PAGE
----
§   §   §

From our past readings, we know this Saramago can take any story from anywhere and pop it full of life. Eight years ago, we wrote in our review of The Cave,

    Saramago got a Nobel Prize for Literature in 1998, and as far as I am concerned he should have gotten at the same time the Nobel Prize for Psychology and another one, the Wise Prize, for Knowledge of the Workings of the Heart & Soul...

    ... plus, and in addition, any other prizes lying around, the Booker, the Pulitzer, the Prix Fixe de France and whatever other bookish prizes they have hanging around to give to those who through some sterling ability that you and I will never ever be able to comprehend can take a story and words and characters and twist them around and down inside you with such force that they belong to you ... no ... they become you.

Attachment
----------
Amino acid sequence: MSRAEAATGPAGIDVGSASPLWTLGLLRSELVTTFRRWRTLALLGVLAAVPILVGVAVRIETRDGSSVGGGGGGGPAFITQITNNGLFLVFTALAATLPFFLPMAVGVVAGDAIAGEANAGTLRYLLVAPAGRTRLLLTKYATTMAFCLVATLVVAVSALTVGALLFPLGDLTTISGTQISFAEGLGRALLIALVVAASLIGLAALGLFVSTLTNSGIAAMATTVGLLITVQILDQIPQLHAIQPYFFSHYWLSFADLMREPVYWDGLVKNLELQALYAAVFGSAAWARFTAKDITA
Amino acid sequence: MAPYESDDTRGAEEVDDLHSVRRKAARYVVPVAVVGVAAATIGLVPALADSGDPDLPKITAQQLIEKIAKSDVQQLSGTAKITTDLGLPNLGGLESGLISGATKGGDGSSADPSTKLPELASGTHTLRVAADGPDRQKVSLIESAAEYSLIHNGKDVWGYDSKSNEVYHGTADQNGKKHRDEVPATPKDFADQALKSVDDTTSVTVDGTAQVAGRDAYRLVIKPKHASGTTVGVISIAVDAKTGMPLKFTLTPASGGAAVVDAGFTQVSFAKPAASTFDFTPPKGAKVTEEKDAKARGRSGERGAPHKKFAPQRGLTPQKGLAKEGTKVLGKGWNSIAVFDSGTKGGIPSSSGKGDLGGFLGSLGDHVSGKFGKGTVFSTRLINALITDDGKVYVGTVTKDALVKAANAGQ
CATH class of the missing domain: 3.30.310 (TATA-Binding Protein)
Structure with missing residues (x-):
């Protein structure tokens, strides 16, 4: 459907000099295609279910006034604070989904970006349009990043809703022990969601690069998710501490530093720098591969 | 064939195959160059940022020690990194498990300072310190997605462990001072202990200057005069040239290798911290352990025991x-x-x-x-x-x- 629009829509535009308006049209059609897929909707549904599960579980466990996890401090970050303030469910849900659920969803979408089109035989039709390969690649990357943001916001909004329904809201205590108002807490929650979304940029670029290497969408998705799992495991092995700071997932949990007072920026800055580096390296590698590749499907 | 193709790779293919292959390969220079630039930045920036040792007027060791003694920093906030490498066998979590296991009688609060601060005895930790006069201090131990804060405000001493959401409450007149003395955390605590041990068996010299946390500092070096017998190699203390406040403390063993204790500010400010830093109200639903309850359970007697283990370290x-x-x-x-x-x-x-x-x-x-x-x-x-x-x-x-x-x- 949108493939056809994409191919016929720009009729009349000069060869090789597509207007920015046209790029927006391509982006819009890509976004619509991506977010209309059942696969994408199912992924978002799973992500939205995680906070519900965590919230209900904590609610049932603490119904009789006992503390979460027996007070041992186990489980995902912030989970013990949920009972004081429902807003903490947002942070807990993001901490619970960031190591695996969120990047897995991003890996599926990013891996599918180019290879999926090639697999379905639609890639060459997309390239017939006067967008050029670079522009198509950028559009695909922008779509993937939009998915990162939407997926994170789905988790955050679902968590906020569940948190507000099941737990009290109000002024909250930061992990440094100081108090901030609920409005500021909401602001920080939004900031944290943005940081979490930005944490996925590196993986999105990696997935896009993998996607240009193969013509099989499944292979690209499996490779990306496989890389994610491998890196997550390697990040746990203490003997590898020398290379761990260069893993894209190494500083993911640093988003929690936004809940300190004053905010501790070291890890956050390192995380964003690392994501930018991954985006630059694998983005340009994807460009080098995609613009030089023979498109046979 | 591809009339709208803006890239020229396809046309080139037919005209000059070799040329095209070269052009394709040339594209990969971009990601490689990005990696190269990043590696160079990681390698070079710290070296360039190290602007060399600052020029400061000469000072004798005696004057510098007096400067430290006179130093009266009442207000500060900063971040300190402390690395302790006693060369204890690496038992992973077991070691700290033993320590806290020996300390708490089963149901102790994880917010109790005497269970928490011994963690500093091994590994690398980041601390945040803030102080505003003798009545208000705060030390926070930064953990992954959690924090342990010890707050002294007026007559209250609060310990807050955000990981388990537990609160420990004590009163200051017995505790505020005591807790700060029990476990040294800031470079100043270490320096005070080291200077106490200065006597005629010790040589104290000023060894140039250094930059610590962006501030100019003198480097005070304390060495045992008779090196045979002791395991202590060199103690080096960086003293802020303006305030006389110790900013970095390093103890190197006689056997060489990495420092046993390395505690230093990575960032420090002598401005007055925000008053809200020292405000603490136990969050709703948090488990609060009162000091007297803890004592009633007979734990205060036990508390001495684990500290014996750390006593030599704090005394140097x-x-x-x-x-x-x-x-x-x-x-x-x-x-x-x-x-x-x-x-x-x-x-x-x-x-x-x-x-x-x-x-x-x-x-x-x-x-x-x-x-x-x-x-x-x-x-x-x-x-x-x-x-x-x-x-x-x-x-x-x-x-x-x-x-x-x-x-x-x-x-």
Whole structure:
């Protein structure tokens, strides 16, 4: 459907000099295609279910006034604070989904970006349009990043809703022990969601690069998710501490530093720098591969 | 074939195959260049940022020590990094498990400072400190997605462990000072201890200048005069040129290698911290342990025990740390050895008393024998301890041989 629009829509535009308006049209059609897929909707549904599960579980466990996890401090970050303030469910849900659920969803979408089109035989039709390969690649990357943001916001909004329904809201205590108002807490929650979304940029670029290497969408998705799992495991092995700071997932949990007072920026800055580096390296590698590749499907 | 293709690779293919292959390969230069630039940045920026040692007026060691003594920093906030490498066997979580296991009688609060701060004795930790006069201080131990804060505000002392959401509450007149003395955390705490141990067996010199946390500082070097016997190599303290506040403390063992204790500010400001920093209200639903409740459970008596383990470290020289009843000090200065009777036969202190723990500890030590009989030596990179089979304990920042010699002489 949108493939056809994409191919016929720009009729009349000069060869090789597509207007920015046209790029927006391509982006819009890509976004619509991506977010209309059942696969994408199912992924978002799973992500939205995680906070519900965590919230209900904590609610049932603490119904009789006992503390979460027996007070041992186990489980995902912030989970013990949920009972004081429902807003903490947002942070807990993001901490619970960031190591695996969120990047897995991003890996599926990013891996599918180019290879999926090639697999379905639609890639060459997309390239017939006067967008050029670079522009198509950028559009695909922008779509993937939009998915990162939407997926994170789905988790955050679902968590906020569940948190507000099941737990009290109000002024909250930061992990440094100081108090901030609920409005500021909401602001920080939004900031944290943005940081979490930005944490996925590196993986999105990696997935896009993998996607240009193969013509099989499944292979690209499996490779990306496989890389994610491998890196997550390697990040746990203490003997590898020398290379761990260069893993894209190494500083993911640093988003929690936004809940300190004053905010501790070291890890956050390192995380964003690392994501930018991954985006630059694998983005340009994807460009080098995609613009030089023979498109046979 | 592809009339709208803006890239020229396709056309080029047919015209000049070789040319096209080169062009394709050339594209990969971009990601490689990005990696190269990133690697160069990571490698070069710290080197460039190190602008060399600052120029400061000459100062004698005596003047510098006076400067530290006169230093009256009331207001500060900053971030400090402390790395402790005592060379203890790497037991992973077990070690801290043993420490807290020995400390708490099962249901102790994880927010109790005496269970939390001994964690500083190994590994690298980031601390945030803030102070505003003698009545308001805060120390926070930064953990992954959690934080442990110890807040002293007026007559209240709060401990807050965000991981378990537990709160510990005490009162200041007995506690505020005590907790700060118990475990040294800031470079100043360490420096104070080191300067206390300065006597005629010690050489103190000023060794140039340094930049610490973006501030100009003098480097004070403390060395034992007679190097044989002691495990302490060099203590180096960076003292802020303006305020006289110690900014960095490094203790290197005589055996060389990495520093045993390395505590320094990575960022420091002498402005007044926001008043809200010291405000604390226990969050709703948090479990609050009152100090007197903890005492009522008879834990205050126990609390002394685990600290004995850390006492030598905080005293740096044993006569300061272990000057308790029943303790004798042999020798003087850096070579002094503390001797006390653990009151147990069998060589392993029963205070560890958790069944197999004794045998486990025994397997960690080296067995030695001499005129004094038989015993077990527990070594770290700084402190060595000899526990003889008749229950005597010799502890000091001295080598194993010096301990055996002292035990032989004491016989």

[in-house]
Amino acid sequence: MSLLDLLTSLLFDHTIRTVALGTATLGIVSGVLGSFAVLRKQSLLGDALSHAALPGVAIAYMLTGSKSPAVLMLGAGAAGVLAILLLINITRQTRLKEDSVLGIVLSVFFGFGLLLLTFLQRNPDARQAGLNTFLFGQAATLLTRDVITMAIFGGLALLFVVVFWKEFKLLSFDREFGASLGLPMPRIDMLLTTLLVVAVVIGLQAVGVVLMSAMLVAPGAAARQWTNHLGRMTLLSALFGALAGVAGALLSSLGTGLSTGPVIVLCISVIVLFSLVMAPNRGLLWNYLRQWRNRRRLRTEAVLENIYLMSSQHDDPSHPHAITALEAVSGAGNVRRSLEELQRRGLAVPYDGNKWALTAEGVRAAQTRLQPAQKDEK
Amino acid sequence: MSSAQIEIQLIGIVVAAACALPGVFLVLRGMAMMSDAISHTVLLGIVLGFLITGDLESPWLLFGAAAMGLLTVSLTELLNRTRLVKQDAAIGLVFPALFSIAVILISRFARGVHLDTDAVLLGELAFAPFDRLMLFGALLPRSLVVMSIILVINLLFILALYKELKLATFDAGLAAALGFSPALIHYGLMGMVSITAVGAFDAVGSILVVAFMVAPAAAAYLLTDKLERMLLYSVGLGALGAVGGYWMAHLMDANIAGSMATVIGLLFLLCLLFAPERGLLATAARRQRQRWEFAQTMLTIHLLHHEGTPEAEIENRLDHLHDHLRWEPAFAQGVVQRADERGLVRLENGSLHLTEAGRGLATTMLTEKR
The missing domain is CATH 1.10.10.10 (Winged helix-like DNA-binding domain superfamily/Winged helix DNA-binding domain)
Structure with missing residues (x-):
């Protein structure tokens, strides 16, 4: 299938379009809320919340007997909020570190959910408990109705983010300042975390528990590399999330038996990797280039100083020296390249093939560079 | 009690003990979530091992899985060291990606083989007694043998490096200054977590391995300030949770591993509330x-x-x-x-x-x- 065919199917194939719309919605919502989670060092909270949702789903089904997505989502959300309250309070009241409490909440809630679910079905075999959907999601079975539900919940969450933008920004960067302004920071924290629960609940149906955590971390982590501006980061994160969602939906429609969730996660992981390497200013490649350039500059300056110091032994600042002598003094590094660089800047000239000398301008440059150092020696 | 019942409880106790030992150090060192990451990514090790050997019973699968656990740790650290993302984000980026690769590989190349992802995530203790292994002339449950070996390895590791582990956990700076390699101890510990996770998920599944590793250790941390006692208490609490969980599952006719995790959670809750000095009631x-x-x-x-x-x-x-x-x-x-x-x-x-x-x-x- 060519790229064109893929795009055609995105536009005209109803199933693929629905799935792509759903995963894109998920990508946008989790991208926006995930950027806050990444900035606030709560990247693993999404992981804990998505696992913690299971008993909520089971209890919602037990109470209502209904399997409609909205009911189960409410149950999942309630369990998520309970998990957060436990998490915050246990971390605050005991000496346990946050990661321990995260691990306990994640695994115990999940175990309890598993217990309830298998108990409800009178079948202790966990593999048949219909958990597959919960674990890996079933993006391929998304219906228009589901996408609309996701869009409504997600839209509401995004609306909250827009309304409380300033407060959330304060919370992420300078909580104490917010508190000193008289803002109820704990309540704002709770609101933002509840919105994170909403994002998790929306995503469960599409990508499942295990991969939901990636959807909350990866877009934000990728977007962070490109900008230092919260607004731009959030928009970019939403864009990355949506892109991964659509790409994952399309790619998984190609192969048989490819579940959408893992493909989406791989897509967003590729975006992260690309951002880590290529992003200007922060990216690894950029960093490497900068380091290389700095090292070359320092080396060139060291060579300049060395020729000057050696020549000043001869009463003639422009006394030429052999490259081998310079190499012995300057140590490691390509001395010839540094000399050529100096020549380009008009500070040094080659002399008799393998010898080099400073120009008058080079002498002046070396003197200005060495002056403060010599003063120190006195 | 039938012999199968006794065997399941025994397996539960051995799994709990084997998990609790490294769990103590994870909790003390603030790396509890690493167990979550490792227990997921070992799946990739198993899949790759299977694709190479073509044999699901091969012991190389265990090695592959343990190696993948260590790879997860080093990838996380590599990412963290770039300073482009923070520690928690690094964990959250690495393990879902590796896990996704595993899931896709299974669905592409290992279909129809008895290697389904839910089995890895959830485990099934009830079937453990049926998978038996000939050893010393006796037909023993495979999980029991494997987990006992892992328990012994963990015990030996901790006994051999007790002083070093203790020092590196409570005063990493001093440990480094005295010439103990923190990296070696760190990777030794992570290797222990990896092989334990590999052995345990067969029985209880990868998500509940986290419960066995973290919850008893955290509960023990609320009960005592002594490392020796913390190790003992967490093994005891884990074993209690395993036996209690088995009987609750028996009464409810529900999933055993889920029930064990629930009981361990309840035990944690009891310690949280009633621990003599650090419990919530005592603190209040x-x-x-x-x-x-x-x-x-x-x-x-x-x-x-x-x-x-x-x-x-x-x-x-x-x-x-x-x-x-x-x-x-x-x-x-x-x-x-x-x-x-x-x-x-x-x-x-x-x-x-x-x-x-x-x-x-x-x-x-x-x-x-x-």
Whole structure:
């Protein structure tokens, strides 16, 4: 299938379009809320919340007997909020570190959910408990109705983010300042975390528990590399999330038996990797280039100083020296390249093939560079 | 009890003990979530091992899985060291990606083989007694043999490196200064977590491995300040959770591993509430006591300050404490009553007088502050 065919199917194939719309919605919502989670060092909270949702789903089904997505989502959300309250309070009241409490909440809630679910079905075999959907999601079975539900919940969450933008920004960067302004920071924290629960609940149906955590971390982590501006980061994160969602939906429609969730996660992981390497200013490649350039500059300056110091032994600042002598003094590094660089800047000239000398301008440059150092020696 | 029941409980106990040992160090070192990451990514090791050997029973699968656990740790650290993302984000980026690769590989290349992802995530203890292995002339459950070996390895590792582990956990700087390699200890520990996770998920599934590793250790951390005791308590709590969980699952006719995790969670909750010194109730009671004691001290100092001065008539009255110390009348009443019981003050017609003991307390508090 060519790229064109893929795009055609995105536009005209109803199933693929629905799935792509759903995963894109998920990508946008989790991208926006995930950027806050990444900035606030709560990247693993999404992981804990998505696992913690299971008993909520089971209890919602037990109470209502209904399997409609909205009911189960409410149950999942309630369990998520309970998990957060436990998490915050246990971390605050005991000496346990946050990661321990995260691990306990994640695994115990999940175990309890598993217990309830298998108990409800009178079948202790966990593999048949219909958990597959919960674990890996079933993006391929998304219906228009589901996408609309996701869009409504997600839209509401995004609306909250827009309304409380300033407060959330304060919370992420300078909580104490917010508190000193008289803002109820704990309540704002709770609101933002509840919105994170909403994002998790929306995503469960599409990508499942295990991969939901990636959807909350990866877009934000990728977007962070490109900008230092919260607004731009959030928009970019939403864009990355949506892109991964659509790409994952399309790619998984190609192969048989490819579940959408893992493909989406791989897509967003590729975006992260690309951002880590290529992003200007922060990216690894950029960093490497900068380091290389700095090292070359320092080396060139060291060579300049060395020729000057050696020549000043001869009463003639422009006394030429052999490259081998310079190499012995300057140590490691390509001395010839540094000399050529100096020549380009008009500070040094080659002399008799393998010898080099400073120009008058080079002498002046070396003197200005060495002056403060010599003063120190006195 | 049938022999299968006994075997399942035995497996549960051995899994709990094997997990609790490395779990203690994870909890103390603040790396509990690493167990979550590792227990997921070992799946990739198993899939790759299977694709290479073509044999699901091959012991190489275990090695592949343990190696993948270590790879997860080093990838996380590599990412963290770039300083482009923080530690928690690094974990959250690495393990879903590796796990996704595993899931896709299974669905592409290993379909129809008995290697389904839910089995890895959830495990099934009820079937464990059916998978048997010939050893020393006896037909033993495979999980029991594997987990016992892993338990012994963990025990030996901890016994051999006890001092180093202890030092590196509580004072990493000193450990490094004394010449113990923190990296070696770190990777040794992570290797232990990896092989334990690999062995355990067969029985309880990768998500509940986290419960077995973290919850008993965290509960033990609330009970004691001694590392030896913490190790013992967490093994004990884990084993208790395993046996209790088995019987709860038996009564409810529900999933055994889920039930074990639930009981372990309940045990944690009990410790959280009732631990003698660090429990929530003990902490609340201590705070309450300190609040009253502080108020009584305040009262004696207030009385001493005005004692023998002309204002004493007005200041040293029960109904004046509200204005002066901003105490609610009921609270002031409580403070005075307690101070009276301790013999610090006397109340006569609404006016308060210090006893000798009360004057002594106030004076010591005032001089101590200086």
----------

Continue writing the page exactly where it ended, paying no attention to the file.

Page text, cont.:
Still, can you imagine anything more sure to deaden the hand of a lively writer than the Old Testament? To try to make sense --- much less a cogent story --- out of all this Spaghetti Near East of wars and murder and rapine and pillage and fire and brimstone and plagues and the endless slaying of men and women and children. How can we keep up with it and make sense of anything at all?

But by god Saramago does it, and with such verve and charm you want to call him up and congratulate him ... only he left this vale of tears a couple of years ago, and there are now just his merry books to remind us that he was ever here at all.

It's not just the narrative, the plot, the story. When it comes to telling a tale, Saramago can go off in the hills for a bit of meander ... a donkey, for instance, who, he points out, "is a great conversationalist, one need think only of its many ways of braying and snorting and the sheer variety of its ear movements, however not everyone who rides a donkey knows that language,"

    which is why seemingly inexplicable situations arise, like when the creature stops in the middle of the road, motionless, and refuses to budge even if beaten. People say then that the donkey is as stubborn as a mule, when, in fact it's simply a communication problem, as happens so often between human beings.

§   §   §